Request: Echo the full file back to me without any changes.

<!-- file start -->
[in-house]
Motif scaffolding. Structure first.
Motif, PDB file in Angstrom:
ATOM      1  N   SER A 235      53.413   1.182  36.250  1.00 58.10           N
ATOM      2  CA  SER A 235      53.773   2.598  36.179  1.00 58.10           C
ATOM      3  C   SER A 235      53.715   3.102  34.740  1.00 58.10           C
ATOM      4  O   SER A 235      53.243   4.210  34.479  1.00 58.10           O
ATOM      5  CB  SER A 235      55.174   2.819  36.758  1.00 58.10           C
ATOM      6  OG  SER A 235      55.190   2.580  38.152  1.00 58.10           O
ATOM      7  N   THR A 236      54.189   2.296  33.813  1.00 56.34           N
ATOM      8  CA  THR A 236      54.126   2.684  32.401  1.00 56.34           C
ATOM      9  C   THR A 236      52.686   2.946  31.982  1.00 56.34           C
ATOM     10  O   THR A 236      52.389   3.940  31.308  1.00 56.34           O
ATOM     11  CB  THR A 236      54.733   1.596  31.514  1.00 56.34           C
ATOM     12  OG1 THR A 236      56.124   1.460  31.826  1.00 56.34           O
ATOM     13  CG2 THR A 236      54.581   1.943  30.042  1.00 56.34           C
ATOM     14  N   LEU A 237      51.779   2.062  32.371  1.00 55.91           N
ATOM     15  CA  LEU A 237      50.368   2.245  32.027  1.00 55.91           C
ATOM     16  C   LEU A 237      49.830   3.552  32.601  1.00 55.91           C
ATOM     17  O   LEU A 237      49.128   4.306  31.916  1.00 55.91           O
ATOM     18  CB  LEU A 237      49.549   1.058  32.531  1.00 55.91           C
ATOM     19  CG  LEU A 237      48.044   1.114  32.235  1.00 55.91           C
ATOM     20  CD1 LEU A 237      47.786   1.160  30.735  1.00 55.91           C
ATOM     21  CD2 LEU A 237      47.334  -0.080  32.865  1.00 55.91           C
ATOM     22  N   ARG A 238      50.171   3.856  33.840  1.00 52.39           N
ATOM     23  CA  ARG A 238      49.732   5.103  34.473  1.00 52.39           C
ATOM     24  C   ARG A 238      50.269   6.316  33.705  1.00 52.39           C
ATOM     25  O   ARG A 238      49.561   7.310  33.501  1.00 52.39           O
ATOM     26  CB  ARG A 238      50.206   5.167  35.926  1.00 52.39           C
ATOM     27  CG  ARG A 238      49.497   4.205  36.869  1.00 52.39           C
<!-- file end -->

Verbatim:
[in-house]
Motif scaffolding. Structure first.
Motif, PDB file in Angstrom:
ATOM      1  N   SER A 235      53.413   1.182  36.250  1.00 58.10           N
ATOM      2  CA  SER A 235      53.773   2.598  36.179  1.00 58.10           C
ATOM      3  C   SER A 235      53.715   3.102  34.740  1.00 58.10           C
ATOM      4  O   SER A 235      53.243   4.210  34.479  1.00 58.10           O
ATOM      5  CB  SER A 235      55.174   2.819  36.758  1.00 58.10           C
ATOM      6  OG  SER A 235      55.190   2.580  38.152  1.00 58.10           O
ATOM      7  N   THR A 236      54.189   2.296  33.813  1.00 56.34           N
ATOM      8  CA  THR A 236      54.126   2.684  32.401  1.00 56.34           C
ATOM      9  C   THR A 236      52.686   2.946  31.982  1.00 56.34           C
ATOM     10  O   THR A 236      52.389   3.940  31.308  1.00 56.34           O
ATOM     11  CB  THR A 236      54.733   1.596  31.514  1.00 56.34           C
ATOM     12  OG1 THR A 236      56.124   1.460  31.826  1.00 56.34           O
ATOM     13  CG2 THR A 236      54.581   1.943  30.042  1.00 56.34           C
ATOM     14  N   LEU A 237      51.779   2.062  32.371  1.00 55.91           N
ATOM     15  CA  LEU A 237      50.368   2.245  32.027  1.00 55.91           C
ATOM     16  C   LEU A 237      49.830   3.552  32.601  1.00 55.91           C
ATOM     17  O   LEU A 237      49.128   4.306  31.916  1.00 55.91           O
ATOM     18  CB  LEU A 237      49.549   1.058  32.531  1.00 55.91           C
ATOM     19  CG  LEU A 237      48.044   1.114  32.235  1.00 55.91           C
ATOM     20  CD1 LEU A 237      47.786   1.160  30.735  1.00 55.91           C
ATOM     21  CD2 LEU A 237      47.334  -0.080  32.865  1.00 55.91           C
ATOM     22  N   ARG A 238      50.171   3.856  33.840  1.00 52.39           N
ATOM     23  CA  ARG A 238      49.732   5.103  34.473  1.00 52.39           C
ATOM     24  C   ARG A 238      50.269   6.316  33.705  1.00 52.39           C
ATOM     25  O   ARG A 238      49.561   7.310  33.501  1.00 52.39           O
ATOM     26  CB  ARG A 238      50.206   5.167  35.926  1.00 52.39           C
ATOM     27  CG  ARG A 238      49.497   4.205  36.869  1.00 52.39           C